Out of nowhere appeared something he thought was only a myth.  A man that had to be at least ten feet tall pushed some small trees apart and emerged a few yards away.  Frank entered his habitat and grabbed his rifle that was leaning against the wall next to the entrance hatch.  When he left the habitat, the giant was a few feet away.  


     Frank shot at the giant. But the slug grazed the side of his head and left a groove. The huge man screamed in pain and anger and charged toward the prospector. He was at the base of the hill when Frank nearly had to shove the barrel of his rifle into his mouth before firing a 9 millimeter slug down his throat. The giant stumbled and reached out toward his nemesis. But Frank was able to nail the man in the eye. The slug buried itself in the man’s brain and brought him down in a heap.  


     As if the ground assault wasn’t enough, two huge flying creatures that had supposedly gone extinct over 100 million years ago soared high in the sky as the last rays of the setting sun turned the bottom of the clouds crimson. At first, Frank admired the sight of the magnificent creatures until he realized they were diving toward him. They were as big as a hang glider and caused a tinge of fear. He shot at the nearest one and shattered its right shoulder. It fluttered to the ground like a giant leaf.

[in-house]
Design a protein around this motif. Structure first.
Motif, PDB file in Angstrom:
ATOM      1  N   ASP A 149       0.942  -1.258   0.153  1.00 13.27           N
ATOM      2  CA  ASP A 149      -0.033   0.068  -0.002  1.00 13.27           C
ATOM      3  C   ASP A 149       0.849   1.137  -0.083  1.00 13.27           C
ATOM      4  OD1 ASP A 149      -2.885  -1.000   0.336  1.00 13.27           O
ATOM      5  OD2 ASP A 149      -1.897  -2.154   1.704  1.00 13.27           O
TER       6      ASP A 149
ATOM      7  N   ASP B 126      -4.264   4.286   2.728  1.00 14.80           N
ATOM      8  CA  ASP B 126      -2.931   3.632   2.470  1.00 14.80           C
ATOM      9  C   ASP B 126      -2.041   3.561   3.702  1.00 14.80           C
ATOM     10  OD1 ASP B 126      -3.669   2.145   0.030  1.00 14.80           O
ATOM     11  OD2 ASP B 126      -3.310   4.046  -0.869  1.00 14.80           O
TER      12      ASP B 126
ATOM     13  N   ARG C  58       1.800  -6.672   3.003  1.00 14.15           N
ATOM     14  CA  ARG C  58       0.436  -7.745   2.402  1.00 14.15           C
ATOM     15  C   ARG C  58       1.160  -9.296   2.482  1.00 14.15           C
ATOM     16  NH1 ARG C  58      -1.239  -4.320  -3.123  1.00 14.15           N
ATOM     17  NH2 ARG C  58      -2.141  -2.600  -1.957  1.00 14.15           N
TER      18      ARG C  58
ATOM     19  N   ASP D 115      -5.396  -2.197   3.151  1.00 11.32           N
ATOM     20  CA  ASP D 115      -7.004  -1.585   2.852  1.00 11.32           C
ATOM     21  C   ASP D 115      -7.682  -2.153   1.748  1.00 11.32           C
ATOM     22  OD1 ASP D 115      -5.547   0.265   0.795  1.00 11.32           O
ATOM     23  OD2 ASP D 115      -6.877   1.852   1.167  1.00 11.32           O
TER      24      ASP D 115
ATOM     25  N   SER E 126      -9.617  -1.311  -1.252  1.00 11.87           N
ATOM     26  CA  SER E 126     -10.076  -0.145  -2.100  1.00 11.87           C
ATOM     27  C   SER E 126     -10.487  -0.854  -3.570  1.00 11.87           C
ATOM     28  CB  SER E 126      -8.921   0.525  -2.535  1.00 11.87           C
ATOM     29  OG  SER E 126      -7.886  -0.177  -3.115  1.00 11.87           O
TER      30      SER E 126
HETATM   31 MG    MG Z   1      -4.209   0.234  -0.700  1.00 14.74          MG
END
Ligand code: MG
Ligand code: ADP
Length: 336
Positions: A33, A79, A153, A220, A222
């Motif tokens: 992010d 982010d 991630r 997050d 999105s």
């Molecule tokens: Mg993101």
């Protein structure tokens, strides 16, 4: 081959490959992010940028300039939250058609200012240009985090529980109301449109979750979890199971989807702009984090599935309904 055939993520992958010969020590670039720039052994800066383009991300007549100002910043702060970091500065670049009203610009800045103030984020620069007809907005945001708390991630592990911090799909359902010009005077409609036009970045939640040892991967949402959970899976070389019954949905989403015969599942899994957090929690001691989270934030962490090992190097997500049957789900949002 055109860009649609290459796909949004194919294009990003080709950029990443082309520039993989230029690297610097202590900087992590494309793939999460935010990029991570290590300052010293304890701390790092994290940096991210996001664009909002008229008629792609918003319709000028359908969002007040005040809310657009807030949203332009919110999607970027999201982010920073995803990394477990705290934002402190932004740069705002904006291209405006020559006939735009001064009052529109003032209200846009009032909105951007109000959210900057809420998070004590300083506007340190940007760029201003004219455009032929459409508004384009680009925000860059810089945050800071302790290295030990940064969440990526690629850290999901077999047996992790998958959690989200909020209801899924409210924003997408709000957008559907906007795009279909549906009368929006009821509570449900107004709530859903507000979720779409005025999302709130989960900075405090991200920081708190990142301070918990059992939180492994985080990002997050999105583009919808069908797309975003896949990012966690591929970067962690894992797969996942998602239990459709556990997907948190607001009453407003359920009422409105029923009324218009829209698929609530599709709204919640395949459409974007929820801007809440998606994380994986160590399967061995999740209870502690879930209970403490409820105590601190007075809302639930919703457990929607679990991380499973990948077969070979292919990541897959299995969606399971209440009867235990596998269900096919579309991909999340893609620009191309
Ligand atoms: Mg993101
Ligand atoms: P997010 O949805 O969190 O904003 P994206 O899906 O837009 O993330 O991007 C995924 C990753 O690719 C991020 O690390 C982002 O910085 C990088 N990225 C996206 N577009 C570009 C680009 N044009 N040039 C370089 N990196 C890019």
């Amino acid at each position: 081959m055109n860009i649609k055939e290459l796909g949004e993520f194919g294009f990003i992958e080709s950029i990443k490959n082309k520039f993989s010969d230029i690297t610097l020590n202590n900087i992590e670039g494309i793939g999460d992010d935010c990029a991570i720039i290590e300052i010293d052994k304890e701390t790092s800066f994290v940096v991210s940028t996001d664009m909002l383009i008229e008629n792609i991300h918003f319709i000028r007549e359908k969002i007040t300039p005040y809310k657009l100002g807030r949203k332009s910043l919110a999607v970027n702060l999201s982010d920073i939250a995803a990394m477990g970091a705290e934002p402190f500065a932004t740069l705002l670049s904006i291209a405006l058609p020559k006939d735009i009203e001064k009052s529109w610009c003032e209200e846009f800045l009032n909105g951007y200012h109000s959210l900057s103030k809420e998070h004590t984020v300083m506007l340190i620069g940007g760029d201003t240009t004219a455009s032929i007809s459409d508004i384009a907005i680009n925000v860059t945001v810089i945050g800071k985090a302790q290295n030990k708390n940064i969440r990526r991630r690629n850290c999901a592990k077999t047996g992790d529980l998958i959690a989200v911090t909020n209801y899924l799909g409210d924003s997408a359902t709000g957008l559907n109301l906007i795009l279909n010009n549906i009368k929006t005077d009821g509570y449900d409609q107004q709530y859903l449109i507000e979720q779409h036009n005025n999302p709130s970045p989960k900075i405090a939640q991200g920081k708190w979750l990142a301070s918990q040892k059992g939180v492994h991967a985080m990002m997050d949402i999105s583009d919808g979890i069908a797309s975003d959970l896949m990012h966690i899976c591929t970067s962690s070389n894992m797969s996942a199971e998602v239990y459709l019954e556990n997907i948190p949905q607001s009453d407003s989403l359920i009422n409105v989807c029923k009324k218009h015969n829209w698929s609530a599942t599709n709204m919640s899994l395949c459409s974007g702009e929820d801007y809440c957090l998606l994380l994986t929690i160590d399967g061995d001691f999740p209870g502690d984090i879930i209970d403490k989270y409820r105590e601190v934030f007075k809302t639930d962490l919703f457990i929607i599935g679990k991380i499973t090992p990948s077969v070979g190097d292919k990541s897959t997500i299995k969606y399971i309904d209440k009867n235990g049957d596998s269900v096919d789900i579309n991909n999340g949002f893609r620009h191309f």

Frank shot at the second pterodactyl and punctured its right wing. But it kept flying toward the man in a power dive. It was either going to kill the gunman or die trying. If it landed on the man, the weight of its body might be enough to crush him.  


     The man had only a few seconds to take his second shot at the ancient flying raptor. But it looked like the monster was going to slam into him if he didn’t move out of its way.  



     The quest for gold in Alaska can be exciting and dangerous. But with the possibility of discovering the mother lode, even in the future people will take their lives in their hands and do whatever it takes to find it or die in the effort. Maybe you can decide his fate.